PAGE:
If short-sighted bus cuts continue we will all find our society is poorer for it, writes Sophie Allain of the Campaign for Better Transport.
By Sophie Allain of the Campaign for Better Transport
Trains, planes and automobiles tend to be the transport options of choice for politicians on the move, but when they are making key decisions about the future of the humble public bus it is vital they get to grips with the day-in day-out experience of the millions of people who rely on bus services.
Shadow transport secretary Maria Eagle spent yesterday listening to young public transport users at the Labour Young People’s Transport Summit, and she has announced to them a proposal for free travel passes for sixth formers. This is step in the right direction, and follows our call for something similar in the Budget – a call ignored by George Osborne who helped motorists by cutting fuel duty but did nothing for those reliant on public transport.
But if we want a reliable, affordable joined up public transport system the voices of bus users have to be amplified and the issue of inadequate bus services needs to rise up the political agenda.
What do bus users want and need? Running the Save Our Buses campaign means we get contacted from all sorts of people anxious and shocked that their everyday transport is disappearing, sometimes literally overnight. We have heard from jobseekers unable to travel to work. We have heard from people whose disabilities mean they can’t drive, so when the bus is gone so is their self-sufficiency.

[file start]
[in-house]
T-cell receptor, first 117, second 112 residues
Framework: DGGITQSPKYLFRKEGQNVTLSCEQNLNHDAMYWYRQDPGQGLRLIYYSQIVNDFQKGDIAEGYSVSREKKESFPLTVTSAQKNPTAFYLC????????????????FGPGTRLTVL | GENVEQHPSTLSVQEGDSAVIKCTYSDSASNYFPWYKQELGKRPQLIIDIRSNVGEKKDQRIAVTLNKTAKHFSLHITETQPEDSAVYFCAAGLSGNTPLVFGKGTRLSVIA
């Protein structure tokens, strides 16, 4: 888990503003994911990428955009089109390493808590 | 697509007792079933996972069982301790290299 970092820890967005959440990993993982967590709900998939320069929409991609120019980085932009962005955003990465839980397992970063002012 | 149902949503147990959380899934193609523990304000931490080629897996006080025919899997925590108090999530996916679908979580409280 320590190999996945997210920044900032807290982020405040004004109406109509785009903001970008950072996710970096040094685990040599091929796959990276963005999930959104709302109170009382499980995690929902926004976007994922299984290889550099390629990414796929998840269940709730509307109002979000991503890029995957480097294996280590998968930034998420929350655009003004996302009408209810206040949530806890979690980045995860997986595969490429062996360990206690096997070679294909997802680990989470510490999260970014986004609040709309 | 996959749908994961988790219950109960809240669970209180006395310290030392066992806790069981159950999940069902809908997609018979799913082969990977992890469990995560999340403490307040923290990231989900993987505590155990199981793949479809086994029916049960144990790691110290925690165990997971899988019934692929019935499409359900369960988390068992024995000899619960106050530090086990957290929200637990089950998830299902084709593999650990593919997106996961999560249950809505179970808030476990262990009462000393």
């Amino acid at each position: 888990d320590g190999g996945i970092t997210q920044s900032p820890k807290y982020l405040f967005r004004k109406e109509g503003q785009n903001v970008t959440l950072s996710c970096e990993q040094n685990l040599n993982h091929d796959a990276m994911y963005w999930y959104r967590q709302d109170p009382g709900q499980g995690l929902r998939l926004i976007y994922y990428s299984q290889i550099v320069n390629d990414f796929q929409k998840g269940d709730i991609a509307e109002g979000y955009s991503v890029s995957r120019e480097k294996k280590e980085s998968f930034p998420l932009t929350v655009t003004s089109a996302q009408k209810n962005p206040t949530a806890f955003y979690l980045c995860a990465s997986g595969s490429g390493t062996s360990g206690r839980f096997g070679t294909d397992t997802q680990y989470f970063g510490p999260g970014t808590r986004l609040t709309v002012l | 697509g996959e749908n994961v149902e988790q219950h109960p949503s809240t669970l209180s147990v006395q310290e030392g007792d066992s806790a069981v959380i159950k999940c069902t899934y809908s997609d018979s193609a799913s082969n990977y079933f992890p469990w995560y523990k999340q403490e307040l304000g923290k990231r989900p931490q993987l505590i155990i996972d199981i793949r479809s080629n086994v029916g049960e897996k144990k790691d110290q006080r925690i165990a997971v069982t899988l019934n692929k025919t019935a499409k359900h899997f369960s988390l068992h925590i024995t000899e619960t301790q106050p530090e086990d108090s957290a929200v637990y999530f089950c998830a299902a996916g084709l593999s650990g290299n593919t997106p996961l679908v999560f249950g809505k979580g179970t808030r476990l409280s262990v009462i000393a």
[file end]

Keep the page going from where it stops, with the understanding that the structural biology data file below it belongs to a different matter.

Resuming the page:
We have heard from young people sick and tired of paying adult bus fares, because the current postcode lottery of youth bus concessions means that as Council budgets are squeezed fewer and fewer children receive any discount at all when they get on the bus. Pensioners might benefit from the free bus pass, but that is not a lot of use when there is no bus to get on. In some areas the village bus stop is now a lonely souvenir of a bygone bus network.
When bus users are given a platform to spell out just how vital buses are the results can be impressive. Single mum Jo Green has been celebrating this week after Cambridgeshire County Council announced a review of their decision to cut 100% of bus subsidy in the county. This could have meant 20 per cent of the local bus network axed, but Jo took the council to the High Court, and the council appear to have caved in.
Perhaps with the weight of the law bearing down, decision makers in councils and Parliament will be less likely to close their ears to the bus-using public. But if short-sighted bus cuts continue we will all find our society is poorer for it.
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